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MarksJarvis: Financial pros try to address lack of trust

5 years after financial crisis, industry leaders turn attention to individual investors

Gail MarksJarvis

May 8, 2013

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It's about time.

Five years have passed since the financial crisis struck. And only now do Wall Street executives seem to be gaining awareness that many potential clients have lost trust in them and the stock market, and have been voting with their feet.

You might have thought this would have dawned on Wall Street years ago, as millions of Americans lost jobs, homes and retirement savings, then complained that taxpayers gave Wall Street a $700 billion bailout while no one went to jail. It didn't help that when the stock market was plunging in 2008, some brokers and advisers hid instead of taking calls from clients.

Yet it took until this year for the Securities Industry and Financial Markets Association to devote a conference to the bitterness left behind.

"What did we do to impact trust and confidence?" asked Merrill Lynch Wealth Management's head John Thiel from the stage of the association's national wealth management conference in Chicago. His answer to the audience of financial advisers was: "We didn't do much to help ourselves. We have to get busy."

Until this conference, every time I've asked Wall Street executives whether they were concerned, they insisted that individuals would regain confidence once the stock market started to climb. That's what NYSE Euronext Chief Operating Officer Larry Leibowitz told me last summer, after traders at a Securities Traders Association conference begged him to start a public relations campaign to bring individuals back into the stock market and try to defuse regulatory efforts.

Now the stock market is at a record high, after climbing about 140 percent since the depths of 2009, but many individuals continue to shun stocks and Wall Street firms. They have sat out this rally, feeling disenfranchised and not trusting Wall Street. Their money has been flowing into bonds, leaving institutional investors to enjoy much of the fruits of the current rally.

From October 2008 to July 2012, people pulled $242.3 billion out of U.S. equity funds. They have not returned, even as stocks were climbing, except for a period of a few weeks early in the year, according to several sources, including the Investment Company Institute.

Since 2007, the share of individual investment clients seeking help from Wall Street firms has dipped to 41 percent from 48 percent, said Scott Smith, director of Cerulli Associates. A growing number have turned to independent advisers, free of major Wall Street firms, or are satisfied to handle money on their own at discounters such as Fidelity and Schwab, which provide a minimum level of advice.

"Investors have little belief that provider firms put investors' interests first," he said.

Gallup's most recent poll on trust showed banks at the lowest level recorded, with only 21 percent of people expressing confidence in them. That is about half of where the institutions stood before the financial crisis.

Thiel walked his audience through the reasons why. It wasn't just the financial crisis, he said. It dated to 2001, he said, when Wall Street analysts were touting Internet company stocks to the public while telling peers within their companies that those very stocks were garbage. Then came other scandals, and the financial crisis, and the Bernie Madoff scandal, the MF Global scandal, and large Wall Street firms manipulating Libor.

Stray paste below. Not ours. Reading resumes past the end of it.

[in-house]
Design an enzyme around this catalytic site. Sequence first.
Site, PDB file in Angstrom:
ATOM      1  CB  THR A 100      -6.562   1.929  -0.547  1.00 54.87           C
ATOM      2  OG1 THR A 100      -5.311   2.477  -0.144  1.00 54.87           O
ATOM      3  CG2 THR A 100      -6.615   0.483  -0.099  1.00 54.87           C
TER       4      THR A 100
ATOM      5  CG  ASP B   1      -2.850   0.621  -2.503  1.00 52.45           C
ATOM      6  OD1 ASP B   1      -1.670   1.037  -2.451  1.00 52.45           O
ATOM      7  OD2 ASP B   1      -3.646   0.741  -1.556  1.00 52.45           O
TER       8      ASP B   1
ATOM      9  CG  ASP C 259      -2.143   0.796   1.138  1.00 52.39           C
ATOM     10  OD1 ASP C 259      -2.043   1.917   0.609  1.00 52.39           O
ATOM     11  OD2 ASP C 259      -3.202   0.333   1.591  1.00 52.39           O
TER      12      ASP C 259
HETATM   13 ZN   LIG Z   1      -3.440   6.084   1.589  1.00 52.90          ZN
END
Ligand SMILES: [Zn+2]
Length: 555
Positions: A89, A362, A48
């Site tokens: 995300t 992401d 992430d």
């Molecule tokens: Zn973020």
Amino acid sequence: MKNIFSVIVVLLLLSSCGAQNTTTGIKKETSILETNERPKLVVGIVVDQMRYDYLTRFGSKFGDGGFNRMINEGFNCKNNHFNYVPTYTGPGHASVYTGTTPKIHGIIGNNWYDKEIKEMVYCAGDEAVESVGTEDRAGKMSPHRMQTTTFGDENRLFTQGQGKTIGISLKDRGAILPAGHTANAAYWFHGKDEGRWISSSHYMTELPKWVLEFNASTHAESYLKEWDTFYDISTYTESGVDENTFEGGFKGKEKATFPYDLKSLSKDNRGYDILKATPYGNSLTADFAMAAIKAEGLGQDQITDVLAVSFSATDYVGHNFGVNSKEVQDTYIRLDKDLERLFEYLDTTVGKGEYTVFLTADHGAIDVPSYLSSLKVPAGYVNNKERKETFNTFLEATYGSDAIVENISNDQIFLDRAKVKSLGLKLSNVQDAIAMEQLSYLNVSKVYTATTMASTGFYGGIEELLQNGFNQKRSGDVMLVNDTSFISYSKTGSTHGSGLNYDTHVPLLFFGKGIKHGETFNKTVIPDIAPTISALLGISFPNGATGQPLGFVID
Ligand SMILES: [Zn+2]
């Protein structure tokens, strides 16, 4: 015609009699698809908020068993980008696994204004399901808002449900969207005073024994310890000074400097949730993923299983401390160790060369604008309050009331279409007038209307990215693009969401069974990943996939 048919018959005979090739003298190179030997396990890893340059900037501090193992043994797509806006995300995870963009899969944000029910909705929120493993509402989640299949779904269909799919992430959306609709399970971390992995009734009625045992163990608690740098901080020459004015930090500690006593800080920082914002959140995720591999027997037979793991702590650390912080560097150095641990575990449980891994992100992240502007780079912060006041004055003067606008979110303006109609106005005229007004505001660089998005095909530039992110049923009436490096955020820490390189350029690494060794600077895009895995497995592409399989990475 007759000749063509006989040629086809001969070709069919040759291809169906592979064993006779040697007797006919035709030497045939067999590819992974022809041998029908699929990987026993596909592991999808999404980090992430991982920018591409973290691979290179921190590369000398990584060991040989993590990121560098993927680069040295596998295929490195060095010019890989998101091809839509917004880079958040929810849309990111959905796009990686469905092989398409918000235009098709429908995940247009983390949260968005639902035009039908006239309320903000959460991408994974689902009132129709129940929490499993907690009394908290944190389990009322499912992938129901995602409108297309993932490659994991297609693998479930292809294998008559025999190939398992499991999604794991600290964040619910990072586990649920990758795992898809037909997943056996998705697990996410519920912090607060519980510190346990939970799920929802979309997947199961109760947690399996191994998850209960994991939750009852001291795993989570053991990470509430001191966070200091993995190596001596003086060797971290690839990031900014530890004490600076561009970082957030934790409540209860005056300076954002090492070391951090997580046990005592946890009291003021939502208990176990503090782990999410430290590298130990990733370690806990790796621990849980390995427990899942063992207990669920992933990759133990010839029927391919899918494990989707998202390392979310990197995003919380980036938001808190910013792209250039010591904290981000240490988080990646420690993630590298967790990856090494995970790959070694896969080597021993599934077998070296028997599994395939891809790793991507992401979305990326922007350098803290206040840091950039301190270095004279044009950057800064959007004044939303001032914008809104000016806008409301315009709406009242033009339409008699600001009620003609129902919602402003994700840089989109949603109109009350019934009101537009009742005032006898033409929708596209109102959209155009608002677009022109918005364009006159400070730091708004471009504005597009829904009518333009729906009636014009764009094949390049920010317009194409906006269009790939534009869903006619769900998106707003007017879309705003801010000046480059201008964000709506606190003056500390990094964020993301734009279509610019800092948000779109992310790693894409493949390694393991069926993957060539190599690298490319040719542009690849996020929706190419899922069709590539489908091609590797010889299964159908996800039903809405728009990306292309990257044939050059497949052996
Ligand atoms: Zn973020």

Confidence in the system has been hurt by government as well as Wall Street, said Jeff Connaughton, former chief of staff to former Sen. Ted Kaufman, D-Del., and the author of "The Payoff: Why Wall Street Always Wins." No one knows now "if my broker is on my side, or if I am up against the sharks," he said, because neither Wall Street nor the government has been "singling out the bad apples."

Financial firms, he added, "have been buying up influence in Washington to keep regulators from doing their jobs."

Yet, despite the list of offenses that Thiel said have undermined confidence, he didn't take his peers at the SIFMA conference as far as many individuals would like to see. When I mentioned that readers of my column have said they want to see Wall Street executives go to jail for their role in the financial crisis and want to see Wall Street stop fighting large bank regulation, Thiel simply responded that Wall Street wasn't the only one to blame for the crisis.

His solution for rebuilding trust, he said, is for individual advisers to provide good service to individual clients.

Perhaps a more satisfying response to individuals seeking accountability was offered at the conference by Ronald Kruszewski, chairman of Stifel Nicolaus & Co.

He told the audience that advisers will not be able to rebuild trust unless Wall Street companies behave themselves at all levels — in other words, the area of the firms that created and peddled toxic mortgage securities as well as the area that serves individual investors.

"As a group you need to demand your firms change," he told advisers. "Trust between clients and the firm you work for is quite low. What needs to be done? ... There needs to be a culture where you don't lie and steal."

He urged advisers to insist that high-frequency trading be regulated and that clients be protected from risky structured products they don't understand.

He said the industry had to rebuild trust "so we don't lose a generation of investors" and so the economy is strengthened by capital flowing into businesses from individuals investing money.

gmarksjarvis@tribune.com

Twitter @gailmarksjarvis